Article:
Lawyers Representing the Company and Noncitizens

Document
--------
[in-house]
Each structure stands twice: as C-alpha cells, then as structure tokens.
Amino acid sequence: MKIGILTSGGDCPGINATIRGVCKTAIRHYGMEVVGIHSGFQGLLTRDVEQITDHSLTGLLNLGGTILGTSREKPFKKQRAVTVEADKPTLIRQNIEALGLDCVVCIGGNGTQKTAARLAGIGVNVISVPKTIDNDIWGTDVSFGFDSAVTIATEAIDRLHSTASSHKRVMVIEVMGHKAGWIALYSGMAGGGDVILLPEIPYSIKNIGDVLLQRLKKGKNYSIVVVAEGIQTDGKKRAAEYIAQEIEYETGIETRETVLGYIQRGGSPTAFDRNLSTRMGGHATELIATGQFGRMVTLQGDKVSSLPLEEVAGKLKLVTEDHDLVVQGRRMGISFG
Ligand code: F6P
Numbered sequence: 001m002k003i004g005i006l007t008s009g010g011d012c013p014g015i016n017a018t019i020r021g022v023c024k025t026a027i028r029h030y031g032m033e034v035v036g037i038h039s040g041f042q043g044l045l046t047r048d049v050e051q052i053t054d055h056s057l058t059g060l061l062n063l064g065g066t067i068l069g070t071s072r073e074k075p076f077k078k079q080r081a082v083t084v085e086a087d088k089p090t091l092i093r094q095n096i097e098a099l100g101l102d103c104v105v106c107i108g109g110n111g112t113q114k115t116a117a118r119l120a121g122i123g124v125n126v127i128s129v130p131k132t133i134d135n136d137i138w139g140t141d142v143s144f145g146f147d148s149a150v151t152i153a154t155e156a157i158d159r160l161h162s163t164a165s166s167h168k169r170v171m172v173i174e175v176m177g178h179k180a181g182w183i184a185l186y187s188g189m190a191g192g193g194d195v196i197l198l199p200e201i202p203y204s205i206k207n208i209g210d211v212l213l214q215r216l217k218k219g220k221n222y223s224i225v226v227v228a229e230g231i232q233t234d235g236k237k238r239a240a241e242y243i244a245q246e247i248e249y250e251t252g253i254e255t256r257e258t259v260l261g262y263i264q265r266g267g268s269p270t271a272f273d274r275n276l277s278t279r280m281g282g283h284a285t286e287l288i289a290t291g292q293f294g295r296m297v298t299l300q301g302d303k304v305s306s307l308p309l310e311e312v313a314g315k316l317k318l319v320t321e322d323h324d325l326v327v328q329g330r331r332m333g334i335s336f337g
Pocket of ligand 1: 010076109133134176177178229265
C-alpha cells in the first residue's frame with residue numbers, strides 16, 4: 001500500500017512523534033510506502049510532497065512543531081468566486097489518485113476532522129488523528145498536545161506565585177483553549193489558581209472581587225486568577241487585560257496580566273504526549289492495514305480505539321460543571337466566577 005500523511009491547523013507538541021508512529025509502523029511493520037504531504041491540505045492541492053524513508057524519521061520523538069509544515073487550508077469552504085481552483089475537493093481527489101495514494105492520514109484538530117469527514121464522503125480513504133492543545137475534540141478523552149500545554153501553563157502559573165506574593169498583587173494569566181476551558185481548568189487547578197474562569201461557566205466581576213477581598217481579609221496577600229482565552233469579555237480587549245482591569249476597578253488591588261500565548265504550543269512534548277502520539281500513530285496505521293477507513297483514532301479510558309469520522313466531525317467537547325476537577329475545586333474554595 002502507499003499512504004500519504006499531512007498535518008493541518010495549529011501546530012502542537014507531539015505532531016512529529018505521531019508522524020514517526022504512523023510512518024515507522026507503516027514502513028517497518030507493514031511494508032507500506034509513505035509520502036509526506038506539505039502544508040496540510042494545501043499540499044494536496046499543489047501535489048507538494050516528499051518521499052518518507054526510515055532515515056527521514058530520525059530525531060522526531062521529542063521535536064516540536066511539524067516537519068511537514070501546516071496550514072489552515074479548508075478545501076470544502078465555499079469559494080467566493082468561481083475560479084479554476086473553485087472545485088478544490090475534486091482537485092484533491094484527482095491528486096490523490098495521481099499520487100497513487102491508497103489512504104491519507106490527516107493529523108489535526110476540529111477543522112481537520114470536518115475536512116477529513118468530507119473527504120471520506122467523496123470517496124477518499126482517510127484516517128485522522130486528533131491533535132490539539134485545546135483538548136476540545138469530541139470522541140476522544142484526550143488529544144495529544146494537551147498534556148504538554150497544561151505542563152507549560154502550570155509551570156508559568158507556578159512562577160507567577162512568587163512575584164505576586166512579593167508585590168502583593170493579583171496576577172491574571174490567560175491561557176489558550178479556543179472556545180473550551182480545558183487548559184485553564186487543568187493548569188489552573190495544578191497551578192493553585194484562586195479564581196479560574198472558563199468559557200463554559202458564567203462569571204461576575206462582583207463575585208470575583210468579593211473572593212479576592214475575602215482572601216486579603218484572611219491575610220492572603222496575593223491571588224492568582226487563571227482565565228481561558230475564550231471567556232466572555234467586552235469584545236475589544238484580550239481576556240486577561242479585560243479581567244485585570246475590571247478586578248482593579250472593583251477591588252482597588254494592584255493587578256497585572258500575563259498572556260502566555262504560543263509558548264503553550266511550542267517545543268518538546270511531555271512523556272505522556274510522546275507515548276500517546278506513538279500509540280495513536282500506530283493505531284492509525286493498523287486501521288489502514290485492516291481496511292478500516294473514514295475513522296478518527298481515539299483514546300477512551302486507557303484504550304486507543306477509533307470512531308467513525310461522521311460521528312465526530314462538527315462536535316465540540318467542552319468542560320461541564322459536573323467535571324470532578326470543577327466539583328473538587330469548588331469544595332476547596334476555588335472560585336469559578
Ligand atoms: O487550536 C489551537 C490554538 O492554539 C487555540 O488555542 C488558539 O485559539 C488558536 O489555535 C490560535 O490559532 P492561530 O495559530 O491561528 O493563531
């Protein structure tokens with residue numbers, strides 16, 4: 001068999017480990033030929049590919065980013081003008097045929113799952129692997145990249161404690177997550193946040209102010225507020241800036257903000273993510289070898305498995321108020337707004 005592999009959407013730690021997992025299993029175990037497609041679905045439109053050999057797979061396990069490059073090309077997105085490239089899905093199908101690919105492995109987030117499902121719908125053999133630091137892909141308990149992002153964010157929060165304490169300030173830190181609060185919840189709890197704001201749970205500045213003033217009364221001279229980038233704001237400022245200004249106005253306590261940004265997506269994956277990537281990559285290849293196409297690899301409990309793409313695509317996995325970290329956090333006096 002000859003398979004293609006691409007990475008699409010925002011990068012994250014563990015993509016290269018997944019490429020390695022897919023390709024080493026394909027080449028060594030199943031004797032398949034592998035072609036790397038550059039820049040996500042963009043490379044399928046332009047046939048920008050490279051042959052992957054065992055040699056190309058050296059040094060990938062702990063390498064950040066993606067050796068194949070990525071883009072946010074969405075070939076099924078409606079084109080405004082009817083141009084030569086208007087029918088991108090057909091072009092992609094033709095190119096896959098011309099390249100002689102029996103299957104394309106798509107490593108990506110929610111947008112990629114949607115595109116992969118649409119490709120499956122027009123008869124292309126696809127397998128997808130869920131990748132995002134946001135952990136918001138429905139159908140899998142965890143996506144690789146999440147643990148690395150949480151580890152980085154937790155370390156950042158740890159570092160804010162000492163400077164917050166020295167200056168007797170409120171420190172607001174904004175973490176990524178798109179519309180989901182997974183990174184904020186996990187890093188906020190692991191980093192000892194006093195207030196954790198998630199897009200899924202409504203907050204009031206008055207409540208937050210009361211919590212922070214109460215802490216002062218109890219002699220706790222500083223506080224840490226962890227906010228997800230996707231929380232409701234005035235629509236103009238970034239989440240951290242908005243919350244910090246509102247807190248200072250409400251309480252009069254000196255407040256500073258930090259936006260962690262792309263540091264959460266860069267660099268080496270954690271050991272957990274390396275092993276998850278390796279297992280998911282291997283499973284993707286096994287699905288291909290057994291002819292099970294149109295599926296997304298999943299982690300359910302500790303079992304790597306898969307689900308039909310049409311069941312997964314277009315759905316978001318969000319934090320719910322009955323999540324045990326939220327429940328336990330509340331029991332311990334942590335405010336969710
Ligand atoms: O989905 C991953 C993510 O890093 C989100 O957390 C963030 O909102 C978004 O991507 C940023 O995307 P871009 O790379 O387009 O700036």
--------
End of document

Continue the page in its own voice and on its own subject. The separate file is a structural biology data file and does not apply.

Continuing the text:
AN ATTORNEY RECENTLY ASKED ME: "A friend asked me to review a retainer agreement from a law firm representing both the noncitizen employee from Turkey and the sponsoring employer. The agreement says that, in the event a conflict, the attorney could choose which party to continue representing and that any and all information learned during the course of application's representation would no longer be privileged. For persons attempting to obtain a work visa, is it common practice to hire a firm that plays matchmaker between applicant and employer? If the relationship/arrangement goes south, what, if any, remedies does the applicant, as a non-citizen, have against the law firm and/or the employer?" ANSWER: Dual representation is indeed a reality in several types of immigration scenarios. In the employment-based immigration setting, many applications must originate from an employer seeking the government’s permission to hire a foreign national.